The trip list in the Trip Report is broken down to subspecies level so that we can keep track of any potential armchair ticks that may arise in the future!

Fiji Whistler – (aurantiiventris) from Vanua Levu, Fiji

 

 

 

 

 

 

 

 

Fiji Whistler – (aurantiiventris) from Vanua Levu, Fiji

Fiji Whistler – (kandavensis) from Kadavu Island, Fiji.

 

 

 

 

 

 

 

 

Fiji Whistler – (kandavensis) from Kadavu Island, Fiji.

 

 

 

Tours by destination



Canada

Magnificent Canada, humongous (the second largest country on the planet) yet sparsely populated, boasts endless tracts of wilderness. The great boreal forests of Canada are inhabited by some very special birds such as Boreal Chickadee, Boreal Owl, Great Gray Owl, Spruce Grouse, Black-backed Woodpecker, and other desirables that are more difficult to find in the USA than here in Canada. Snowy Owl and Northern Hawk Owl can occur in good numbers near the American border in a different habitat, the prairie grasslands of the central provinces. Point Pelee is arguably the most famous spring stopover site in the whole of North America for wood warblers and other migrants as they cross over Lake Erie from Central America, the Caribbean, and the United States, en route to their Canadian breeding grounds.

Canada is famous for its absolutely spectacular scenery, from Vancouver Island and the Canadian Rockies in the west to the Niagara Falls and Great Lakes in the east.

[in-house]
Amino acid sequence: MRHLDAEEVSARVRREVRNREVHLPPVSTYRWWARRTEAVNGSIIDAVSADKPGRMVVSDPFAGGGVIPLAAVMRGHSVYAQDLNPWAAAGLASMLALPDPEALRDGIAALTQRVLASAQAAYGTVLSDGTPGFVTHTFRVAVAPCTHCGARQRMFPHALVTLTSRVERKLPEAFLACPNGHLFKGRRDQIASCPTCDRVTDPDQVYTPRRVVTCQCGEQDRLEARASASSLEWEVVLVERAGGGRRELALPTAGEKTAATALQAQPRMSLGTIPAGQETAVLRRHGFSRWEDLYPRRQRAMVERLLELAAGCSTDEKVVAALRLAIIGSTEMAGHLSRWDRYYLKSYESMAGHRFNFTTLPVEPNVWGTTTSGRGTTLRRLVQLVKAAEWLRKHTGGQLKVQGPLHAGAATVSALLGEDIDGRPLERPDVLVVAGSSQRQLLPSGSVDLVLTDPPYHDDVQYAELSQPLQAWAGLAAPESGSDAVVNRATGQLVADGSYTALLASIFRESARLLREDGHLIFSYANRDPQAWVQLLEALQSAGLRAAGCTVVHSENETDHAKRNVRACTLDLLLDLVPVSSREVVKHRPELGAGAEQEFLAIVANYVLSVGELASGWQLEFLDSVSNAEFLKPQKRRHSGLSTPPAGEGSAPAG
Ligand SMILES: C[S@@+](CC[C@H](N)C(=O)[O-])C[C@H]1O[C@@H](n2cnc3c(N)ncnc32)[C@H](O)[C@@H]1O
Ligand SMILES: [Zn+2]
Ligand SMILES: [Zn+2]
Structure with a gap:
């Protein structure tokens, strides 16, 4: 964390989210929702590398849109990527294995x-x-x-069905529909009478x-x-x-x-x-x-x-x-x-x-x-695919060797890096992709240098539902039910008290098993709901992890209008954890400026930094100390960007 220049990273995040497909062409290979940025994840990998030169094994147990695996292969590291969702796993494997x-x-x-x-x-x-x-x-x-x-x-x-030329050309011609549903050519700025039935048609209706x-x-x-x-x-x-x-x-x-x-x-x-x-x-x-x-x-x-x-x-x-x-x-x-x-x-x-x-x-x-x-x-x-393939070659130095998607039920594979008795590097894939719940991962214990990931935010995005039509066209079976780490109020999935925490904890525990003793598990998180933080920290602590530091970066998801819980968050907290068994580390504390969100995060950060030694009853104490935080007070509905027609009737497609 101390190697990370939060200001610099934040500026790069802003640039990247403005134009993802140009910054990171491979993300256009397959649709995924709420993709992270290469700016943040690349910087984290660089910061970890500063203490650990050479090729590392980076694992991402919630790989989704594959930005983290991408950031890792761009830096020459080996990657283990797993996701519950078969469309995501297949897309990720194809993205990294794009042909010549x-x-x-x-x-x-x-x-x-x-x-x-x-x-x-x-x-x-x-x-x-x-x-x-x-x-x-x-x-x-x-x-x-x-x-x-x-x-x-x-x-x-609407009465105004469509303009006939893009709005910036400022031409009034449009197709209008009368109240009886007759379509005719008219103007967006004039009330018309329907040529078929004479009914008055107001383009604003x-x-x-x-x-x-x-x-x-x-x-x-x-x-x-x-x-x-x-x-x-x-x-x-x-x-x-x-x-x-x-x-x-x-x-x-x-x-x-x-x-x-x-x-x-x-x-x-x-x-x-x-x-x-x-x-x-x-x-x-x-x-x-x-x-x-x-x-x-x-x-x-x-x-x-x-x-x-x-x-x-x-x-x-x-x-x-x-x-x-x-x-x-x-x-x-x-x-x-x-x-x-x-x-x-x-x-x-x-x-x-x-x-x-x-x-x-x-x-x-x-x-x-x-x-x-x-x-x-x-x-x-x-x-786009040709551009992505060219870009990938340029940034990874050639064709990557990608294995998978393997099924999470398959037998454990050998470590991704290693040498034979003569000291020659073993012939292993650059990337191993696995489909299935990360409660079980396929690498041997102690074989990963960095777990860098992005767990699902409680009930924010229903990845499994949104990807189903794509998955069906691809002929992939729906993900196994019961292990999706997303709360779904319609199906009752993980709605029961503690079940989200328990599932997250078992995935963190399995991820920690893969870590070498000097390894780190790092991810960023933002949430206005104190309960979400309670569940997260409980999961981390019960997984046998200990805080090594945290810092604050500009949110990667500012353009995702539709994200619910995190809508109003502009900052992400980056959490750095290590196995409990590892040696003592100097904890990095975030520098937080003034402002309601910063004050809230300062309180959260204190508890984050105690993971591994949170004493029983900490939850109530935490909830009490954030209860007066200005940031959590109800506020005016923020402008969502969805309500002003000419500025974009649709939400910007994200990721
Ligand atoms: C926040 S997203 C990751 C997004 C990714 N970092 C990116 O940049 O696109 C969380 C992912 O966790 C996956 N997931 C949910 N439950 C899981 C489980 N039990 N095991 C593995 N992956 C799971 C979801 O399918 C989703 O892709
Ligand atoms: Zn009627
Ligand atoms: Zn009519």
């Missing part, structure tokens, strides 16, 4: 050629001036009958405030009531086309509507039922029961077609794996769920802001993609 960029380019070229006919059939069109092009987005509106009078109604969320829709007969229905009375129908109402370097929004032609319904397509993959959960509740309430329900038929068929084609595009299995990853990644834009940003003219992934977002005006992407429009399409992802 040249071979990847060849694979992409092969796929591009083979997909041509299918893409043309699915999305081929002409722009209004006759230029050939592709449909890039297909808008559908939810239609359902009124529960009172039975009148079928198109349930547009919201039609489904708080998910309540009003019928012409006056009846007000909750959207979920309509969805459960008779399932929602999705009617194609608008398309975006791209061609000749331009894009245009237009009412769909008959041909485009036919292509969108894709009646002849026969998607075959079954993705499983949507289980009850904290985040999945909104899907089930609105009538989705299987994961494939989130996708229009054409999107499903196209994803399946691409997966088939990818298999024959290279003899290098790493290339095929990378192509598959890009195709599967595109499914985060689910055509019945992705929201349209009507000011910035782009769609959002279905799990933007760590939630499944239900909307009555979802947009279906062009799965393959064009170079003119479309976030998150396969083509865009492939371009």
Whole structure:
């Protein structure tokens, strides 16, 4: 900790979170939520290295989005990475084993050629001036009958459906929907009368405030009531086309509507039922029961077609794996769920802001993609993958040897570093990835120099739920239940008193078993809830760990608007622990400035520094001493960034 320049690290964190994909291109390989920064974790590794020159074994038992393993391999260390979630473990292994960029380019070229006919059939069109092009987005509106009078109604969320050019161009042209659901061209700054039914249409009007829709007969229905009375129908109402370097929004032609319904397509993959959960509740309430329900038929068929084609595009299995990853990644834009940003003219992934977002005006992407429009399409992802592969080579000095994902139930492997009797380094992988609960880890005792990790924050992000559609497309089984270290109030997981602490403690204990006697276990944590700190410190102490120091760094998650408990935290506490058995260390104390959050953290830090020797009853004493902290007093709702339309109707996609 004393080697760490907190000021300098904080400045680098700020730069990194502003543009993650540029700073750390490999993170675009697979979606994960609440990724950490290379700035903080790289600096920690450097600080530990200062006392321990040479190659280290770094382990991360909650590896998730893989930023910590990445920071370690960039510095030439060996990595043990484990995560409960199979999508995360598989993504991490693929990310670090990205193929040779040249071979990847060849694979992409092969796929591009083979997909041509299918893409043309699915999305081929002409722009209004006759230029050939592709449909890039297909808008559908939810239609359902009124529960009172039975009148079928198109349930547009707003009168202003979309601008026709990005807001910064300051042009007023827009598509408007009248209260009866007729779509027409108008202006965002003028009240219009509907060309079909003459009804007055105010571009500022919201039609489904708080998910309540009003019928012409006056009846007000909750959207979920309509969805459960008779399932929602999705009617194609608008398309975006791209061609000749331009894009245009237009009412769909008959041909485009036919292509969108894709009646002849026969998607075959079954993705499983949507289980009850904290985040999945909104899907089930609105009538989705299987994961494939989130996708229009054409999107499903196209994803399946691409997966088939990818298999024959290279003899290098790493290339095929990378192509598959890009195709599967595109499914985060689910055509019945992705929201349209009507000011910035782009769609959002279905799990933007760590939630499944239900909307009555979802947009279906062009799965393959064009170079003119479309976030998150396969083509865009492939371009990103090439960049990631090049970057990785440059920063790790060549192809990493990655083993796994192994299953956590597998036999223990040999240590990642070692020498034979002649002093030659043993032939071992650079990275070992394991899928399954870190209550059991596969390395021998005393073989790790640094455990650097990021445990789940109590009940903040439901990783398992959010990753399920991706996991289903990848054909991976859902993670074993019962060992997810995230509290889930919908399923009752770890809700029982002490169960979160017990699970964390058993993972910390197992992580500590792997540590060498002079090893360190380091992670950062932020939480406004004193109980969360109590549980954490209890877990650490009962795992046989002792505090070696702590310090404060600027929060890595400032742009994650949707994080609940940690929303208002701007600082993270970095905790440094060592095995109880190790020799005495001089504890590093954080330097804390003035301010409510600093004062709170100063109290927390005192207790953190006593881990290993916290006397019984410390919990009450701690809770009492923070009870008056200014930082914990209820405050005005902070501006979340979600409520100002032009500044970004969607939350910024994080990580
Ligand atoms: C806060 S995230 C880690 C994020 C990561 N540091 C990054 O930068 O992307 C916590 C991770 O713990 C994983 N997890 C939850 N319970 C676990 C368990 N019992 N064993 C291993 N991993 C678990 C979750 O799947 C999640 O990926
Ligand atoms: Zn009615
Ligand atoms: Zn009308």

Not surprisingly considering Canada’s vast tracts of wilderness, some of North America’s most iconic mammals, including wolf, bears (three species – Churchill is for example famous for polar bear), moose, etc., which are still relatively common.

Birding tours to Canada not only generate some highly desirable bird species, but, as a by-product of the birding, good mammals and truly impressive scenery are the bonus.

 

Please also visit Bird Treks, A Quality Birdwatching Tour Company.

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USA

Loveland Pass

From the eastern shoreline west across the rolling Appalachian mountains, across the wide open plains of the mid-west into the towering Rockies and across the arid desert-like western slope — the continent of North American offers a very wide range of habitats to explore. The Appalachians offer the widest array of North American wood warblers, and our Tennessee tour offers the chance to see over 30 of them in breeding splendor, both on territory and in migration. The foothills of the eastern Rockies and the plains leading up to them offer the chance to see one the world’s great birding spectacles: the lekking dances of grouse and prairie chickens trying to win mates. North along Hudson Bay, there is the chance to see open tundra prairie shorebirds in breeding plumage, like Hudsonian Godwit and American Golden Plover, as well as grouse like White-tailed Ptarmigan and Spruce Grouse. Sparrows and warblers are also in abundance in the forested regions up there. This continent has a lot of spectacular owls, and we offer several “Owls of the World” (R) trips here. North America is one of the most scenically spectacular continents, and it is also teaming with wildlife in addition to birds: moose, elk, bears, mountain goats, and so much more. Join us in exploring this rich wilderness.

Please also visit Bird Treks, A Quality Birdwatching Tour Company.

Click Here to Read More

We can run any of our tours privately any time and we can also arrange custom itineraries - send us your wish-list and we'll put the itinerary together! See more here.